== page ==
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HDMI Explained

HDMI 1.1:

  • Added support for DVD Audio.

HDMI 1.2:

  • Adds features that increase the HDMI Specification’s offering for use in both the CE and PC industries. Features and modifications for HDMI 1.2 include: Support for One Bit Audio format, such as SuperAudio CD’s DSD (Direct Stream Digital), changes to offer better support for current and future PCs with HDMI outputs, including: availability of the widely-used HDMI Type A connector for PC sources and displays with full support for PC video formats, ability for PC sources to use their native RGB color space while retaining the option to support the YCbCr CE color space, requirement for HDMI 1.2 and later displays to support future low-voltage (i.e., AC-coupled) sources, such as those based on PCI Express I/O technology.

HDMI 1.2a:

  • Consumer Electronic Control (CEC) features and command sets and CEC compliance tests are now fully specified.
  • Significantly, CTS 1.2a contains additional cable and connector testing and Authorized Testing Center (ATC) submission requirements. Specifically, under CTS 1.2a, the Adopter shall submit for testing to the ATC any new HDMI cable whose length exceeds previously tested cables.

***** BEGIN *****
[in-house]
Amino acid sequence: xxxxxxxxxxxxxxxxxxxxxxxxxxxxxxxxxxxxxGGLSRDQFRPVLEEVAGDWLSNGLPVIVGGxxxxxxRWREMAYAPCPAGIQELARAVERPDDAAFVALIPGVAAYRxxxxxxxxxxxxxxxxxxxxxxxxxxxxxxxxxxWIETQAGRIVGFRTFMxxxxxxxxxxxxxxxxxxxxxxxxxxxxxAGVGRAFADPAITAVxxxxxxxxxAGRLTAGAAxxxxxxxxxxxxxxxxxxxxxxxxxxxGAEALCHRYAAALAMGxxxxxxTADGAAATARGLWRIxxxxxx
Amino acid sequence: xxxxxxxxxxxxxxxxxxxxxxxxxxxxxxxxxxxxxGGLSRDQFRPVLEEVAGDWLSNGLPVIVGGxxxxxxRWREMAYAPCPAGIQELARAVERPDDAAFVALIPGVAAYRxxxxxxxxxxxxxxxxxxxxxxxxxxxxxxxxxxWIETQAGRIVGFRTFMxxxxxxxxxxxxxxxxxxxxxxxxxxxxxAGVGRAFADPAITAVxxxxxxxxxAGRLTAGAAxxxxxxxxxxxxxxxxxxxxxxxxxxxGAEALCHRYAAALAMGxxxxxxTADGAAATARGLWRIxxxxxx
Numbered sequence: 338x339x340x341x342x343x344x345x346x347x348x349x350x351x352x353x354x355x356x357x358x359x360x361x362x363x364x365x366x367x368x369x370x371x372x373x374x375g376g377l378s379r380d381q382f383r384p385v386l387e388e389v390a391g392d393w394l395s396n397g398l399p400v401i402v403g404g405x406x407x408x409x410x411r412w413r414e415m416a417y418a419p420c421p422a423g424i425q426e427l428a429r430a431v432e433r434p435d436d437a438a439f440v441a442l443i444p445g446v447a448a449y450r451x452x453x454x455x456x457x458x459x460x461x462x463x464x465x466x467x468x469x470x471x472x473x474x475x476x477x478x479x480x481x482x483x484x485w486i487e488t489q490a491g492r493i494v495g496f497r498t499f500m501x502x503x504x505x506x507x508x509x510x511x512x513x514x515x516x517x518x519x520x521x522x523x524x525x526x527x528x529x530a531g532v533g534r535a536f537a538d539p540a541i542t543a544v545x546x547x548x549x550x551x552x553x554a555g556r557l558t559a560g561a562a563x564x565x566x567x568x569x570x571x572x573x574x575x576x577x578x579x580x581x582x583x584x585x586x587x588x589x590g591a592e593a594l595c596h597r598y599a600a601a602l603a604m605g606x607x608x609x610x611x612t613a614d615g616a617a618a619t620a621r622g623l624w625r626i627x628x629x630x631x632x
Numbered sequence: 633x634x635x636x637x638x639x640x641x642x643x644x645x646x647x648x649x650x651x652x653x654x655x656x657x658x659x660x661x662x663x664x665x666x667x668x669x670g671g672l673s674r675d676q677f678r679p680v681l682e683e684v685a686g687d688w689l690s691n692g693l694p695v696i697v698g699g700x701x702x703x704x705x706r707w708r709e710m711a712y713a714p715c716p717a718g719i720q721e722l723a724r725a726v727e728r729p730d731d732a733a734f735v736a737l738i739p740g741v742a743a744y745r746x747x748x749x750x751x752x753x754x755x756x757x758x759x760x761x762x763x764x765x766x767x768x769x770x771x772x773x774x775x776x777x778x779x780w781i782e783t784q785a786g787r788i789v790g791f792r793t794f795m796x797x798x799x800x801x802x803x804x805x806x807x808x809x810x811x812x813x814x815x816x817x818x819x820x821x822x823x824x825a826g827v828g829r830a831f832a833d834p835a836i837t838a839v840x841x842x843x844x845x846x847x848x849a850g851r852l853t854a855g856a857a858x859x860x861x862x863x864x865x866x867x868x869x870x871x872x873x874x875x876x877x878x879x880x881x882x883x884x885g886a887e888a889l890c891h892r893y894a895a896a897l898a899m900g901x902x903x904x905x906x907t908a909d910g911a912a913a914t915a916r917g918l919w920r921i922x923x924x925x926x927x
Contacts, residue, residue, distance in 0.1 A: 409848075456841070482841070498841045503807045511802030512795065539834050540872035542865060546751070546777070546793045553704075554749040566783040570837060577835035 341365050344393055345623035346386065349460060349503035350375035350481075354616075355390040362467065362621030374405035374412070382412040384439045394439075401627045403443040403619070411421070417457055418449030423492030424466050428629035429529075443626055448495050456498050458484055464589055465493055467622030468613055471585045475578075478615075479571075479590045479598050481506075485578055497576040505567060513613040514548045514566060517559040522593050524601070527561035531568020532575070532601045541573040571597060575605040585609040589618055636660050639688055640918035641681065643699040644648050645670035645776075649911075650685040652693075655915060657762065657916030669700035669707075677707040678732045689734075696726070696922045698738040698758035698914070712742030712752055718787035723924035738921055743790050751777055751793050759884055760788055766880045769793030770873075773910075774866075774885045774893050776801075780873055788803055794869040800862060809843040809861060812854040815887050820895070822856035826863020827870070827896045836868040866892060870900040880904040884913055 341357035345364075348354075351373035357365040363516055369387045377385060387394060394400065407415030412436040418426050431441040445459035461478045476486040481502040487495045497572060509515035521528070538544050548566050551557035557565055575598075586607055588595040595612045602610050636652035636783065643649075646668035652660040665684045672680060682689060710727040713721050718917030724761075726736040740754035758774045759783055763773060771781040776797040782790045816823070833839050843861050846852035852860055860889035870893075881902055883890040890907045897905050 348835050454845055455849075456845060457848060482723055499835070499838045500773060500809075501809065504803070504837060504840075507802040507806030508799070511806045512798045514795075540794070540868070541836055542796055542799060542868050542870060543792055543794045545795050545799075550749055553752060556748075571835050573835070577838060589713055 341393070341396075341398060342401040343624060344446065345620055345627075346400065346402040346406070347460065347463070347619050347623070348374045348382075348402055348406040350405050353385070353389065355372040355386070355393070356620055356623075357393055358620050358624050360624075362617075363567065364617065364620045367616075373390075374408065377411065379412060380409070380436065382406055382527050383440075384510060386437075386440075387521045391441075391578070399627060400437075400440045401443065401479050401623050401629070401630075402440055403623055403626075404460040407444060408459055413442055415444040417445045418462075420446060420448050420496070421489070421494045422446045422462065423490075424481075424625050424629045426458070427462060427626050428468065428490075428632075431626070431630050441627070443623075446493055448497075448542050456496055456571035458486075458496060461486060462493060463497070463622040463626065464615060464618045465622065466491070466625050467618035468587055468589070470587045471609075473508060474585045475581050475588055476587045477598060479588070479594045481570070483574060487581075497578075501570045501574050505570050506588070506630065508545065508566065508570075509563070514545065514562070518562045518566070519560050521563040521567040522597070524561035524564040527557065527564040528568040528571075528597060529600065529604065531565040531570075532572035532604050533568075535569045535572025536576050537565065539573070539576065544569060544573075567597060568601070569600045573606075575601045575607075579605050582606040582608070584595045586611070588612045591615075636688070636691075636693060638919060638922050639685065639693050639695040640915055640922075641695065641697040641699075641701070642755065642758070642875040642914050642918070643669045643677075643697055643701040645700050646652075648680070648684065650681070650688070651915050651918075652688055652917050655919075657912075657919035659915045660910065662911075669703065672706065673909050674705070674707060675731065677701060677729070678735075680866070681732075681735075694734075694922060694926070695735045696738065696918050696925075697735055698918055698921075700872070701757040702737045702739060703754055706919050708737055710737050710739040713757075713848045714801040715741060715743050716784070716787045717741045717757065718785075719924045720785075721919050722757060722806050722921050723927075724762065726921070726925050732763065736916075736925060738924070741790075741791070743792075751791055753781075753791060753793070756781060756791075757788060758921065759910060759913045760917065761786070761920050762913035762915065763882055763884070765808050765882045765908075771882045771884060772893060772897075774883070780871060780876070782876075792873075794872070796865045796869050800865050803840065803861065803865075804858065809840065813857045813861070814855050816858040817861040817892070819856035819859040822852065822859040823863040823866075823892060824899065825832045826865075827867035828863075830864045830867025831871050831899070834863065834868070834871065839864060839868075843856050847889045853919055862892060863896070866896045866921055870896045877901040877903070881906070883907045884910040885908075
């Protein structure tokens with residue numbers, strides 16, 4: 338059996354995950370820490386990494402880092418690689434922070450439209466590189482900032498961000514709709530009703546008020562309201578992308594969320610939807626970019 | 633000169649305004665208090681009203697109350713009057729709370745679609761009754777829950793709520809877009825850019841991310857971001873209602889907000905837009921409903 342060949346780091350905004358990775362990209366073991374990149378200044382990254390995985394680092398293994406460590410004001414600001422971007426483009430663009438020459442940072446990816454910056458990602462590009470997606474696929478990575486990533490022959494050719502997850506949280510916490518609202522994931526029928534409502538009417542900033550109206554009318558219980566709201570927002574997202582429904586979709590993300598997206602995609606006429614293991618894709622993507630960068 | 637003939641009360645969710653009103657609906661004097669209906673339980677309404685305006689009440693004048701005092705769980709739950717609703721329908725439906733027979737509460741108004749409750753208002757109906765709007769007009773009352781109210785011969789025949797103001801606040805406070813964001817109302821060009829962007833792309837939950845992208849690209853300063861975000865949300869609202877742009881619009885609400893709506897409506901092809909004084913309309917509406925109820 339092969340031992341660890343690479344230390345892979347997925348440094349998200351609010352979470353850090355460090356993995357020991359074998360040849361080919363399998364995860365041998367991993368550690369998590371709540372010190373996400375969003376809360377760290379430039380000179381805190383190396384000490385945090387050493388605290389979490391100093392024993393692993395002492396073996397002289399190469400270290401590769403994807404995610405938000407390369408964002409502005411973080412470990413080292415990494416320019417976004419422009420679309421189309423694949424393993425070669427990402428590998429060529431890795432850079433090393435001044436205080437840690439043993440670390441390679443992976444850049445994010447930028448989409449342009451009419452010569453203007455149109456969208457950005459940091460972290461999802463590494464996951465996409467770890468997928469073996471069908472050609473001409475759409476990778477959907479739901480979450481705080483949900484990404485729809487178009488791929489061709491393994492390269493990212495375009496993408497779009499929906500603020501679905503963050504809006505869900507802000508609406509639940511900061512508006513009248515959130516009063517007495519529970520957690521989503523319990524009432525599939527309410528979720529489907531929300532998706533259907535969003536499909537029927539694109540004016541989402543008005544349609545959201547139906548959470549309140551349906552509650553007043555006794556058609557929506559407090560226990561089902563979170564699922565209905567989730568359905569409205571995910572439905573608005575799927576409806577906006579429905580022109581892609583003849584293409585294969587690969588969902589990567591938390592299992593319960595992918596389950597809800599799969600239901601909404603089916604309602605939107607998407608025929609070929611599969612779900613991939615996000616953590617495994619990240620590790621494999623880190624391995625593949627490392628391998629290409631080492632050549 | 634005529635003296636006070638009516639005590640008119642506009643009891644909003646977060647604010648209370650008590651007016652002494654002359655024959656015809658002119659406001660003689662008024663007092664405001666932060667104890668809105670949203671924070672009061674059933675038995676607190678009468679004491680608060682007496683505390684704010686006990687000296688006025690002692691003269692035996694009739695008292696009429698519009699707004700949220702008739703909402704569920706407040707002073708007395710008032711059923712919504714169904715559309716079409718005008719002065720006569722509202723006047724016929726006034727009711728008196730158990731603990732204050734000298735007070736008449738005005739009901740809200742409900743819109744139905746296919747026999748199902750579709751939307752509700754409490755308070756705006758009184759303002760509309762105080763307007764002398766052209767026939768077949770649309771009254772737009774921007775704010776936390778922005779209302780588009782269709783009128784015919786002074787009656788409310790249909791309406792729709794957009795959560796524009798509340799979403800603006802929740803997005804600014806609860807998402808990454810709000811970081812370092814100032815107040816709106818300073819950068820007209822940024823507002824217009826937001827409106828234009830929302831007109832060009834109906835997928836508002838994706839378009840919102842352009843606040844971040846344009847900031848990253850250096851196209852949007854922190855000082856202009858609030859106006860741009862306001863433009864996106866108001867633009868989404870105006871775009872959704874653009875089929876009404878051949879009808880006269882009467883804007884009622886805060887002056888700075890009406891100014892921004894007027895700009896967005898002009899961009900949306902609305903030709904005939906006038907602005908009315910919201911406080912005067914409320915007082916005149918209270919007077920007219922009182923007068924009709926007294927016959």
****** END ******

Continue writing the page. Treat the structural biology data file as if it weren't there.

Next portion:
• Creation of version 1.2a of the HDMI Compliance Test Specification (CTS), which includes a CEC Supplement. HDMI CTS 1.2a has been updated for technical consistency with HDMI Specification 1.2a as well as to the recently released HDMI Specification 1.2.
  • Additionally, HDMI Licensing, LLC will maintain a list of approved connectors. For a device to pass CTS 1.2a testing at an ATC, all connectors on such device must appear on the approved connector list. To add a connector to this list, the vendor must submit to the ATC or HDMI Licensing, LLC full and passing testing results.

HDMI 1.3:

  • Higher speed: HDMI 1.3 increases its single-link bandwidth to 340 MHz (10.2 Gbps) to support the demands of future HD display devices, such as higher resolutions, Deep Color and high frame rates. In addition, built into the HDMI 1.3 specification is the technical foundation that will let future versions of the HDMI Specification reach significantly higher speeds.